‘Gemma, we don’t have time for this,’ McEvoy protested, thinking, where the hell does she get this stuff – ‘the age we live in.’ ‘Did you do your homework?’ he asked, trying to deflect the conversation.
‘We didn’t have any.’ She pushed him away. ‘I’m going to go and get one of your other shirts from the wardrobe.’ She headed for the door. ‘Mam wouldn’t have let you go out like that!’
The kitchen door closed shut.
McEvoy went to shout after her but stopped. He took a deep breath and then trailed after her. He stopped at the bottom of the stairs. ‘Be careful with that iron, okay? And remember to unplug it.’
‘I know what I’m doing,’ Gemma shouted back. ‘Go and finish your breakfast, we don’t want to be late. Next Saturday we’re going to buy you two new suits. Nice ones.’
McEvoy headed back into the kitchen. He dropped a tea bag into a cup and filled it with boiling water. Then he plucked his toast from the toaster and dropped it onto a plate. He started to butter each slice. He was being looked after by his soon-to-be 12-year-old daughter. ‘Jesus,’ he muttered to himself, ‘I need to get my feckin’ act together.’
McEvoy stared out at the line of traffic snaking out in front of him, sucking on his plastic cigarette. ‘For God’s sake,’ he muttered to himself. In recent years the city had, for periods of the day, become a giant car park. He remembered a traffic cop who’d told him that
was officially the slowest moving city in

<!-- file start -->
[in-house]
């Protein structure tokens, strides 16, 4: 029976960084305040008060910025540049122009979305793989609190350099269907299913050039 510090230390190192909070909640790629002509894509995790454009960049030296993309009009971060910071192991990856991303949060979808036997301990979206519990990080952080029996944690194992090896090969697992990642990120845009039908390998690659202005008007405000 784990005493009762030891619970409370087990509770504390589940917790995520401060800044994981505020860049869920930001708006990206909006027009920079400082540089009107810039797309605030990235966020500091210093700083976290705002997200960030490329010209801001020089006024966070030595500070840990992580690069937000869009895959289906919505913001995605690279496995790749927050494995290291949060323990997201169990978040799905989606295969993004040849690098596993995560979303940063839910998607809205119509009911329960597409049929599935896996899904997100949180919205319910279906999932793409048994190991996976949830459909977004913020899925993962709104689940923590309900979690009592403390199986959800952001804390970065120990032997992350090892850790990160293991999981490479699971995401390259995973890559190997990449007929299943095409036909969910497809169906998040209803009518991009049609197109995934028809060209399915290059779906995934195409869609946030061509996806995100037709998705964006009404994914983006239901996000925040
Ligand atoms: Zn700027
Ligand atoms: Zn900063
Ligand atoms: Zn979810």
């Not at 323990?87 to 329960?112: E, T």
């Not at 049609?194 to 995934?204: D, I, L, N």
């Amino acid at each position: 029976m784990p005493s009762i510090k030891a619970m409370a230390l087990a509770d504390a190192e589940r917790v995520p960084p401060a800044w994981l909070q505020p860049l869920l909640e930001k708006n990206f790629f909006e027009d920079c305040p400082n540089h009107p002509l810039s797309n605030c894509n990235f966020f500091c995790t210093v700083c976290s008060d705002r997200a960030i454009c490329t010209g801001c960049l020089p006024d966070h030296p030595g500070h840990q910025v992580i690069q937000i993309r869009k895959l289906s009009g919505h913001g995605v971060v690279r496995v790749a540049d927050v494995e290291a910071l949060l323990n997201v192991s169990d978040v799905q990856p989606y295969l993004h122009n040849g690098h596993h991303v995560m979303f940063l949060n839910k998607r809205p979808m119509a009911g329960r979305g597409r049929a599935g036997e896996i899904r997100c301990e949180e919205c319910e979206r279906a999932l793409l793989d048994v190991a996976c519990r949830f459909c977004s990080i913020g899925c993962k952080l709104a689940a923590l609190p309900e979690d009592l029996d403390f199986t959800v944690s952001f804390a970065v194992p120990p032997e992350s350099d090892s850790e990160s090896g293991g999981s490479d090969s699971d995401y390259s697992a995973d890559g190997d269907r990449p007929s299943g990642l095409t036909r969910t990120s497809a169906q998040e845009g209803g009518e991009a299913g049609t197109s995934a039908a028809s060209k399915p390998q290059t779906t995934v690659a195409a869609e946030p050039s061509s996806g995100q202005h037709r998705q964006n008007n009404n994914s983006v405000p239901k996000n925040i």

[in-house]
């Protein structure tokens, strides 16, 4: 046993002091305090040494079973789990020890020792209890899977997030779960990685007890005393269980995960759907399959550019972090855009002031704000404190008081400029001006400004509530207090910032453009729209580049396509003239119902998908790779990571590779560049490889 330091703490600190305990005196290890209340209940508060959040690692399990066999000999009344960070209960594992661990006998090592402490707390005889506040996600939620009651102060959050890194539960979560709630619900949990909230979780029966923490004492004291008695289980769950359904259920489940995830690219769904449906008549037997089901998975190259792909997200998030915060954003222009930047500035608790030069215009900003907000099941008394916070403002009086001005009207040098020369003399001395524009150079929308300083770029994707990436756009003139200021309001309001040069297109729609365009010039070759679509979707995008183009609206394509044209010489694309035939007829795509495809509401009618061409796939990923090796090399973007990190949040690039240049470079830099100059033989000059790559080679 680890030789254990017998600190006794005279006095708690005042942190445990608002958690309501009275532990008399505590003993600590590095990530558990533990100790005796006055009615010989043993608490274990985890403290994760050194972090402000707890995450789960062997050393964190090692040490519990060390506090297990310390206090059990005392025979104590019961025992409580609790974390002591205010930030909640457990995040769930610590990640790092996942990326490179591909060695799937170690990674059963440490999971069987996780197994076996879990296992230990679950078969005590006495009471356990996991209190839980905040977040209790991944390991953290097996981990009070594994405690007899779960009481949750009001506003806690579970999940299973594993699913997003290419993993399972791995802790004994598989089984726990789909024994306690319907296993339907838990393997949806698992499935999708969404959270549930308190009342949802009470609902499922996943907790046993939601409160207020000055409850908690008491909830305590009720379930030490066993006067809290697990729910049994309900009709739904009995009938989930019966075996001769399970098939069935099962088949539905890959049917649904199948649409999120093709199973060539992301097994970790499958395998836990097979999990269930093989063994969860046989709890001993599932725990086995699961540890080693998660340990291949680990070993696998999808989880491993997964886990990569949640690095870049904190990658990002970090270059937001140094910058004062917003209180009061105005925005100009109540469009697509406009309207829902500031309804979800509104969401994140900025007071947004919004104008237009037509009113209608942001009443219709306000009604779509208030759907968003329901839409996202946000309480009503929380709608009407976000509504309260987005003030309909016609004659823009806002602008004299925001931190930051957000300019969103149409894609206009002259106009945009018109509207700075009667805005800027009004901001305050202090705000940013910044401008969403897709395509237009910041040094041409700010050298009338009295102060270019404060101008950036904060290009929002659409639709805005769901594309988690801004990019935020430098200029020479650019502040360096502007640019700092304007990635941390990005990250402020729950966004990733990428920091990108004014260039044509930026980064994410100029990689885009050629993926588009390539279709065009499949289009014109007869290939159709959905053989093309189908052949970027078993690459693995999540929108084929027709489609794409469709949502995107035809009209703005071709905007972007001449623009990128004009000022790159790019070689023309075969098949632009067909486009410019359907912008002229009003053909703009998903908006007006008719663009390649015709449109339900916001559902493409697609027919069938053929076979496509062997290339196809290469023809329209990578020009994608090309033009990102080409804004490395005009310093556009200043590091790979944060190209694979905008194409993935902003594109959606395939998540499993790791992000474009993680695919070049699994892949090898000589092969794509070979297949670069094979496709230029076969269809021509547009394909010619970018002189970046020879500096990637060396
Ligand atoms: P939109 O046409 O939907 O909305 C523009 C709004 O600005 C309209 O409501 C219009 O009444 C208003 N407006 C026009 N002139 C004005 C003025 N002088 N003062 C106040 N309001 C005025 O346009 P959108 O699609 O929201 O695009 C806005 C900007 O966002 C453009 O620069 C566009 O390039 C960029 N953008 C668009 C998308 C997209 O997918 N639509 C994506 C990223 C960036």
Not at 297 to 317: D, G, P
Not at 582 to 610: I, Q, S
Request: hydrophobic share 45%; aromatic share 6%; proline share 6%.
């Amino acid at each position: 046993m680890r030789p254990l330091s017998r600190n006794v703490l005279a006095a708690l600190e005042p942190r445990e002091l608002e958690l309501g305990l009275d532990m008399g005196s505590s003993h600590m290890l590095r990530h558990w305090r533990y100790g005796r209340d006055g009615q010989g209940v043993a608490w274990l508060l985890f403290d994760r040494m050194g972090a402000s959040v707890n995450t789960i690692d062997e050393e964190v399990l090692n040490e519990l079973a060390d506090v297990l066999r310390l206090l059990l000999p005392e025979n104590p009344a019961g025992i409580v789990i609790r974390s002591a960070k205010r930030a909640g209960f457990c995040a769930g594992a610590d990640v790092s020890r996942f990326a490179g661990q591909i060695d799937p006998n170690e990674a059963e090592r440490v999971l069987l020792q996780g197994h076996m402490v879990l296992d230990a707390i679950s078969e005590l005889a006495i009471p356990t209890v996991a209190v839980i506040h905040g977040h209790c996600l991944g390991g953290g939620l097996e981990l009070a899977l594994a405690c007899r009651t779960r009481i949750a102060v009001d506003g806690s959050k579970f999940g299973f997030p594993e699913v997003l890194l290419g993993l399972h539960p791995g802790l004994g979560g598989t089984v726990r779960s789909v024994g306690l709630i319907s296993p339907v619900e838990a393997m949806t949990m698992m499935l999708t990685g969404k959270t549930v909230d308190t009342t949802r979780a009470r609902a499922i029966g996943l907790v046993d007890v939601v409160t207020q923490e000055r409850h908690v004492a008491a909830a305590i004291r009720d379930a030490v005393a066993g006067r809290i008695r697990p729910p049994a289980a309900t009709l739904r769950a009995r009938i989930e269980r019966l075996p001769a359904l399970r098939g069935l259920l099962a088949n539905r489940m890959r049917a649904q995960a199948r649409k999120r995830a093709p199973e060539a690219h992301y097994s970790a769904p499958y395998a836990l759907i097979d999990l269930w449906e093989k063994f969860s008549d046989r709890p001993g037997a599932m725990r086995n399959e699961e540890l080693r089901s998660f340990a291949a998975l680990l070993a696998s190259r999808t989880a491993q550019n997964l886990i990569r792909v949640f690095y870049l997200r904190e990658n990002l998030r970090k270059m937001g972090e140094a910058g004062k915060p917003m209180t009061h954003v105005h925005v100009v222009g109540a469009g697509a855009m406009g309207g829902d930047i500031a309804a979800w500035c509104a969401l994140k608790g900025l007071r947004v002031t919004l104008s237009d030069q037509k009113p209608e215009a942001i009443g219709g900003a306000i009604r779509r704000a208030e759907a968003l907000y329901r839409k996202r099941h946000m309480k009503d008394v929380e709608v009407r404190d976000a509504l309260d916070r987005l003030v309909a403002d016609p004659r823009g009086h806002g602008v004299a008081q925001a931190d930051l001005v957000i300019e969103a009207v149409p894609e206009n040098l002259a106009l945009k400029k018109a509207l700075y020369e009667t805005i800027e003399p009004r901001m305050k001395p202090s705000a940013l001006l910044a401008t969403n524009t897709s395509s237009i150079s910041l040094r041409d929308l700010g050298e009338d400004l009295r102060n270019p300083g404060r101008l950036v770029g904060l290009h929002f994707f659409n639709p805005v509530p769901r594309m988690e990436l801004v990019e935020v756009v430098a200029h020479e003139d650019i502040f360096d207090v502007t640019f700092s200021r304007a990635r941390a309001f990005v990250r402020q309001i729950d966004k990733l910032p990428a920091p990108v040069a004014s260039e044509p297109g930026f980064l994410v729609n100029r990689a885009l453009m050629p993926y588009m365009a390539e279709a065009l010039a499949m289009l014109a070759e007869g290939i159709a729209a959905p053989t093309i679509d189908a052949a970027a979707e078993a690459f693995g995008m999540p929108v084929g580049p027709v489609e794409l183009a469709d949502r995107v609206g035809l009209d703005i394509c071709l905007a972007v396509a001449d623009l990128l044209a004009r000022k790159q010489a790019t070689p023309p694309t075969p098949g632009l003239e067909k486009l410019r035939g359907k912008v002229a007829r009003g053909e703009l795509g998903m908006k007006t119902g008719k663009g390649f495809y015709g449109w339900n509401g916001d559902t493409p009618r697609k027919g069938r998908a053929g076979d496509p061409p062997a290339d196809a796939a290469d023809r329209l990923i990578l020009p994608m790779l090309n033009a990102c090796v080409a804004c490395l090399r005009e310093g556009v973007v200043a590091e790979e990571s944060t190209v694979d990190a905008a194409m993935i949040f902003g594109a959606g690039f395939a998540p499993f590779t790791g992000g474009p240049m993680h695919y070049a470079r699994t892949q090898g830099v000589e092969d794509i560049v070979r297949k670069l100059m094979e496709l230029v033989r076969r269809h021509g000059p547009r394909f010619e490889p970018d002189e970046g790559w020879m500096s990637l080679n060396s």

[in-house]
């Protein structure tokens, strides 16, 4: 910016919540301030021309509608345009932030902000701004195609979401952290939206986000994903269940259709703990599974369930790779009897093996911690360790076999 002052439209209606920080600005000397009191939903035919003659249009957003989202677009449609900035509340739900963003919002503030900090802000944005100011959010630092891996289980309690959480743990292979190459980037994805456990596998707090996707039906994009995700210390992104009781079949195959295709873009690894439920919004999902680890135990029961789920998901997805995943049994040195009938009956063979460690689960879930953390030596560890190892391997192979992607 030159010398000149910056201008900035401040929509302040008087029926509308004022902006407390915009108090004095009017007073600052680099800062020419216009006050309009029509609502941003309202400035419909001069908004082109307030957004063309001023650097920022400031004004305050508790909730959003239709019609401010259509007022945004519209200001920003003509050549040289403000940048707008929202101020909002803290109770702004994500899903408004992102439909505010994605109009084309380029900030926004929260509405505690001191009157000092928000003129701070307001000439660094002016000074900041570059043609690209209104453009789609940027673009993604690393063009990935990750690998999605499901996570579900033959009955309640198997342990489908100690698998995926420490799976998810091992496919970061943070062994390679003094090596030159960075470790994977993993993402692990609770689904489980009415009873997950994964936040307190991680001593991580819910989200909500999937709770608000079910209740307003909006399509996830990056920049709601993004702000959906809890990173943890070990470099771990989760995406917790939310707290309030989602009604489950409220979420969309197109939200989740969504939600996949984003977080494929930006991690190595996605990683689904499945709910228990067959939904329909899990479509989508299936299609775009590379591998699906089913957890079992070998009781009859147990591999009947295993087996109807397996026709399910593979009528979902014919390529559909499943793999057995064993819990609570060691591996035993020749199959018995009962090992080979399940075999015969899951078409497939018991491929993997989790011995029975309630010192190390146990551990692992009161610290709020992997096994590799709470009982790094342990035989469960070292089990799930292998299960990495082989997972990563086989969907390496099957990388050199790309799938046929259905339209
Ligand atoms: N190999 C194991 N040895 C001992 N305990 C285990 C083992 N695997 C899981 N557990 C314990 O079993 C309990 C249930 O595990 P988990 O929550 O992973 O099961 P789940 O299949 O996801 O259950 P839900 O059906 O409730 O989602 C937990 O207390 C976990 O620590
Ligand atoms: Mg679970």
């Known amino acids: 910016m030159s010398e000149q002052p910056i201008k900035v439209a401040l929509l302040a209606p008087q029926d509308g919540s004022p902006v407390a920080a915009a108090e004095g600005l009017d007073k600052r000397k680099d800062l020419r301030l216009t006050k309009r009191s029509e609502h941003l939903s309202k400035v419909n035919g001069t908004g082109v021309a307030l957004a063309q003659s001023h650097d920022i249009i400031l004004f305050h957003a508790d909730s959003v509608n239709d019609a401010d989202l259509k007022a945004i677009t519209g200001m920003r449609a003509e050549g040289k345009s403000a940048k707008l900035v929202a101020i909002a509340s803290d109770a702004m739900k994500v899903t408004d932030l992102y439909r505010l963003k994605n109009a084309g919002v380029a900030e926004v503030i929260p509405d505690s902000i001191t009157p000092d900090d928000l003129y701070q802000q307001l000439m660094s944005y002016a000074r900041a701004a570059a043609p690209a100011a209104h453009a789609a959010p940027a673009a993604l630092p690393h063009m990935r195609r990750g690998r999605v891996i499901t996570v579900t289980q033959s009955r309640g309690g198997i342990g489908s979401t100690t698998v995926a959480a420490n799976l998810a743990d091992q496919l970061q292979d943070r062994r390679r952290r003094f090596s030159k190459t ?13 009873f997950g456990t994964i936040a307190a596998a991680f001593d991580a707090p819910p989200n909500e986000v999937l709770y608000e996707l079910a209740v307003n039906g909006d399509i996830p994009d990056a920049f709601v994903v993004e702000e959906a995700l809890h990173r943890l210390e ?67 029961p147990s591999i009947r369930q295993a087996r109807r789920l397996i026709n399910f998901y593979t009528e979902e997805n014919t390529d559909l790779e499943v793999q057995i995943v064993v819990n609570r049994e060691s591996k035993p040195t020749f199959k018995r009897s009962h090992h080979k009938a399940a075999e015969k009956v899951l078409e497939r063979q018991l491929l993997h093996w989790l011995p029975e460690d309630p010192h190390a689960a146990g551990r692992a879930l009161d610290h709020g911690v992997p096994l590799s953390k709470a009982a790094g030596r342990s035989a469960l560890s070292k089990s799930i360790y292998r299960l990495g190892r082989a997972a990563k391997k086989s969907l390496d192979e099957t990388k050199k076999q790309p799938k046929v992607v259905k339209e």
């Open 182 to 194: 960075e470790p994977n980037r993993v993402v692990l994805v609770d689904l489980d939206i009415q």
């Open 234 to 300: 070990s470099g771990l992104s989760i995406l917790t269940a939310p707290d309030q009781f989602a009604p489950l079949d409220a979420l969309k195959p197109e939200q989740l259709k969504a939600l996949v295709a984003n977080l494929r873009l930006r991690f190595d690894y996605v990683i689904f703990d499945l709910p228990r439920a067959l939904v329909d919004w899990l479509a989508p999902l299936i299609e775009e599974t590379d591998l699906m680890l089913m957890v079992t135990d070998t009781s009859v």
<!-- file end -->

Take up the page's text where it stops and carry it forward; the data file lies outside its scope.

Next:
. The average speed was around five miles an hour. That’s what happened if, in the space of a few years, a couple of hundred thousand people moved to the city and you doubled the number of cars using an old road system without building new roads or vastly increasing public transport provision. He glanced at the time on his mobile phone and then tapped in a number. After five rings it was answered.
‘Hannah, it’s Colm,’ he said into the hands-free system. ‘Any progress?’
‘Not really. There’s nothing on the sword. No prints, no hairs, no anything. There probably was a maker’s mark but it’s been carefully polished off. We’ve been trying to find a way of recovering it, but nothing so far. To tell you the truth, it’s remarkable in its plainness. No decorations or obvious identifying features.’
‘Any chance I can take it to the press conference? Be better to show it than a photo. Someone might have sold it or had it stolen.’
‘Shouldn’t be a problem. We’ve nothing else to go on. The bag was free of prints, as was the note. It was printed on a laser jet of some kind. We might be able to match it to a specific machine, but not unless we find it. We’re waiting for the other samples to come back from the lab.’
‘How about the cards?’ McEvoy edged his car forward 10 yards.
‘Probably home-made. You could appeal to see if anyone produced them for him.’
‘I think we’ll keep them to ourselves for now. We don’t want to start a panic. Anything else from the centre?’
‘No. My feeling is, whoever killed her almost certainly didn’t hang around. He killed the girl, cleaned up, and then snuck out into the night. The rest of the team are already on their way back out there. They’re going to work through the rooms more thoroughly. I’ll be heading there shortly, I’ve got to tidy a few things up here first.’